Up The Road: North Coast Tour: Watching The Pacific Gray Whale
When visiting the ocean in winter, one particular fellow traveler pops to mind—the Western or Pacific gray whale, also known as the California gray whale. A close-up view of California’s official mammal is life-changing.
Dark, barnacled heads shoot up from the deeps to breathe, blasting saltwater from blowholes with the force of a firehose. That spouting is how you’ll first spot them, all along the California coast. Not so close, but close enough.
Once endangered by whaling, as so many whale species still are, the Pacific grays have fully recovered. Not only are they one of the largest mammals on earth, they are among the oldest, having been around for at least 30 million years.
Pacific gray whales feed almost nonstop from April to October in the Arctic seas between Alaska and Siberia. Fat and sassy with an extra 6 to 12 inches of blubber onboard, early in October they start south on their 6,000-mile journey to the warmer waters of Baja—pregnant females first, traveling alone or in small groups. Larger groups of older males and nonpregnant females follow, courting and mating all the way.
Males, newly pregnant females, and young whales go first on the trip north. Cows and calves leave last, late February through April, typically traveling quite close to shore, for the protection of youngsters, which makes them easy to see from land.
Generally speaking, the farther north along the coast you go, the fewer crowds you’ll find—meaning, Mendocino, Humboldt, and Del Norte Counties are close to perfect for whale-watching introverts.
Make sure it’s a clear, crisp day, grab the binoculars, and get going very early. Head for higher ground, and a point of land reaching into the ocean, where whales will pass closest. Just outside Mendocino proper, wander several open miles of trails along the sandstone cliffs of Mendocino Headlands State Park. Or take the Whale Trail at Mendocino Coast Botanical Gardens. Other coastal parks, such as Jug Handle State Natural Reserve and Gualala Point Regional Park to the south on the Sonoma County border, are also good bets.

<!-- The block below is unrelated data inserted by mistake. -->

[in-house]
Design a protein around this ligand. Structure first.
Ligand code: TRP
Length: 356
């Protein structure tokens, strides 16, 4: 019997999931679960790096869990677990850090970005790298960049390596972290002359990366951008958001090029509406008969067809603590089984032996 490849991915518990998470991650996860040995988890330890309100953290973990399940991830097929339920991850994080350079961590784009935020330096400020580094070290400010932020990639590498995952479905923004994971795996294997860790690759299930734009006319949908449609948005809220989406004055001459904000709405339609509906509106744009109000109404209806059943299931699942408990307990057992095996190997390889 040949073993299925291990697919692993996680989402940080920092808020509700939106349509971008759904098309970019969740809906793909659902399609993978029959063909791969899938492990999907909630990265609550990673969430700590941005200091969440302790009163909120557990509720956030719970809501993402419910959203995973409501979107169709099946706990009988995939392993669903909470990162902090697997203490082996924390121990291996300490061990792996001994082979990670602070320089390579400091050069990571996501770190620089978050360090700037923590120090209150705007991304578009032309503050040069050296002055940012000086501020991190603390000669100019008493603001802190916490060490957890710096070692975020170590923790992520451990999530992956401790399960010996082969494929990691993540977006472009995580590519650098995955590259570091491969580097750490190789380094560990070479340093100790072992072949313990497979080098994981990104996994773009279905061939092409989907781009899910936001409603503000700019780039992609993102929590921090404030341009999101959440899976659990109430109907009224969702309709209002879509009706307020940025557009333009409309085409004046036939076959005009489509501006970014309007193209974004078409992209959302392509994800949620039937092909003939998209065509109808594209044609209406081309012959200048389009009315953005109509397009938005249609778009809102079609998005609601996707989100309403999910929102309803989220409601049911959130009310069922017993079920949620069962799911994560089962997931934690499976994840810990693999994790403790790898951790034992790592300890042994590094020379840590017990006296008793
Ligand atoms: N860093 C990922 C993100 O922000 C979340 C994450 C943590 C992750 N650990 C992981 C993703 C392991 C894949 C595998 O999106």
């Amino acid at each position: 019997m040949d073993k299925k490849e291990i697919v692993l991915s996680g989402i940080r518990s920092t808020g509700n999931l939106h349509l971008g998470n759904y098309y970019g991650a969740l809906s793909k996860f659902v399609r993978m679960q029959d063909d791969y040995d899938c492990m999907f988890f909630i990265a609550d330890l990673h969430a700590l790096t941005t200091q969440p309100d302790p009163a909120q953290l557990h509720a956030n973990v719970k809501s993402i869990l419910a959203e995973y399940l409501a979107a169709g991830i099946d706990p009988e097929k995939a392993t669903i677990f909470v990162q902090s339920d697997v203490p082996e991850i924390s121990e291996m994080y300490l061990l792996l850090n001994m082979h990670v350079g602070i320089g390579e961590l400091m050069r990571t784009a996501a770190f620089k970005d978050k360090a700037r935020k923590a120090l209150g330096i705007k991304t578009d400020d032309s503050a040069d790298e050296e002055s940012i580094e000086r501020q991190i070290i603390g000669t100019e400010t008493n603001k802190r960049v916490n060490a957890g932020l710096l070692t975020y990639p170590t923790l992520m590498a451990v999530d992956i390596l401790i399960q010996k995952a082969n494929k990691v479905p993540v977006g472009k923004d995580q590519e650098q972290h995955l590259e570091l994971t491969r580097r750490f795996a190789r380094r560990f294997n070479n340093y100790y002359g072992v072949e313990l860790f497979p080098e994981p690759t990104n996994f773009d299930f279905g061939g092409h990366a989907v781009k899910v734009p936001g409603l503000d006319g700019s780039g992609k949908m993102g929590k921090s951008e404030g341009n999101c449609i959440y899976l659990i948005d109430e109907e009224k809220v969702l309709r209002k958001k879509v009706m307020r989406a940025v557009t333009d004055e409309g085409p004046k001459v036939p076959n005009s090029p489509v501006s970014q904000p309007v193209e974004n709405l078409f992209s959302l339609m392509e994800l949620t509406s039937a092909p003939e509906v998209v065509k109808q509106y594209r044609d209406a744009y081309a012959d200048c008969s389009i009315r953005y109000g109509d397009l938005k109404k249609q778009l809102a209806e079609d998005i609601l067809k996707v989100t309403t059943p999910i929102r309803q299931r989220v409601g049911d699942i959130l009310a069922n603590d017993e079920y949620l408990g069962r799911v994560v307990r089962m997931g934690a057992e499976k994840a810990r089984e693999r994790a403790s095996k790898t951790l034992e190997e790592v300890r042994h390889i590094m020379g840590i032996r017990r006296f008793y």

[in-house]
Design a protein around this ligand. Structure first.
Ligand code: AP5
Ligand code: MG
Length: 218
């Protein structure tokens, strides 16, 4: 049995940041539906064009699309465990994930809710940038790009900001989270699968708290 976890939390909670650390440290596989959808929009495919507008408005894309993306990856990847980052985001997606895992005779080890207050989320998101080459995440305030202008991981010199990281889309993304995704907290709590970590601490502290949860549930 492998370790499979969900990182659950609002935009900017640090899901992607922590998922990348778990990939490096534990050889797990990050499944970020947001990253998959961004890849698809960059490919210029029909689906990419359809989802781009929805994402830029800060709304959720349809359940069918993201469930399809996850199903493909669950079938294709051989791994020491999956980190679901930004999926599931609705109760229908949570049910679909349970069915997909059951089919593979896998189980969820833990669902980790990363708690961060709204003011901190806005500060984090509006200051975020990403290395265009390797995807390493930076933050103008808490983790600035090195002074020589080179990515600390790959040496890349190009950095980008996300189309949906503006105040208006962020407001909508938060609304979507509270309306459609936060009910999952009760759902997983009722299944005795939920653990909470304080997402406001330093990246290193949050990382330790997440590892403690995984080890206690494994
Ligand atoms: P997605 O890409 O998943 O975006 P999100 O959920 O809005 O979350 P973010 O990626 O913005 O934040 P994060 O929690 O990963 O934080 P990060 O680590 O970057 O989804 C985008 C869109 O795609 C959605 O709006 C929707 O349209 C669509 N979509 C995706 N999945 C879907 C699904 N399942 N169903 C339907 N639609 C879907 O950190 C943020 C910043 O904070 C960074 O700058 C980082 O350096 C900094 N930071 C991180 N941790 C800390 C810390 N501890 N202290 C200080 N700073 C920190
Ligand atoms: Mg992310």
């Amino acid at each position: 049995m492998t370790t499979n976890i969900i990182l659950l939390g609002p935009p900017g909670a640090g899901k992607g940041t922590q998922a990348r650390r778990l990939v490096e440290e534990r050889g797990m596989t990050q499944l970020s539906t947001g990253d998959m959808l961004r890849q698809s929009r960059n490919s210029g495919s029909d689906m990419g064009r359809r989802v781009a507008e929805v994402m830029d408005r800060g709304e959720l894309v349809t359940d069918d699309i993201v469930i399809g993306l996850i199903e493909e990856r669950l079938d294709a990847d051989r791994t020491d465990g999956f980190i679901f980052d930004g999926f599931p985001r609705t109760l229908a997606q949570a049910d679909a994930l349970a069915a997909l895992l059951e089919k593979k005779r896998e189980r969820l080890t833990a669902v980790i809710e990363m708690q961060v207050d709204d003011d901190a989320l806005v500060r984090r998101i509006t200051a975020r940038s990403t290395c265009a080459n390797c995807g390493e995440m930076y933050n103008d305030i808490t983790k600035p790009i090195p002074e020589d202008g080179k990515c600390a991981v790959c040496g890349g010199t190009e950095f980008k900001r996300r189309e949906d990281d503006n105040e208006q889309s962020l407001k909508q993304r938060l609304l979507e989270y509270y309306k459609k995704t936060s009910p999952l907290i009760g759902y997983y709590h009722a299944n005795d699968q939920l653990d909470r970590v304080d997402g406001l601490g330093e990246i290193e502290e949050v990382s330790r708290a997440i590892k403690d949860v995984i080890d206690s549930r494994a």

The South Fort Bragg Coastal Trail on the town’s headlands offers panoramic clifftop views, and there’s a viewing deck at the Crow’s Nest Interpretive Center—a current outpost of the future Noyo Center for Marine Science, part of redevelopment plans for the former mill site. At MacKerricher State Park north of town, there’s a wheelchair-accessible viewing platform at Laguna Point.
Good viewing sites at Patrick’s Point State Park in Humboldt County include Wedding Rock and Palmer’s Point, and much of the Rim Trail. For unimpeded western views in nearby Trinidad, take the trail up to Trinidad Head from the beach. Or hike to high points along the Lost Coast, including Sinkyone Wilderness State Park. Ideal and fairly accessible just south of Humboldt Bay is Table Bluff County Beach Park in Loleta, overlooking the Eel River delta and Humboldt Bay’s south spit.
Up the Road Encourages Responsible, Safe Travel
Here are previous Up the Road episodes that explore why we should travel, how to do it responsibly, and how to travel responsibly now, in the shadow of COVID-19. Not everyone should be traveling now, of course. But everyone who does travel needs to do so responsibly, to prevent viral spread. Take a listen: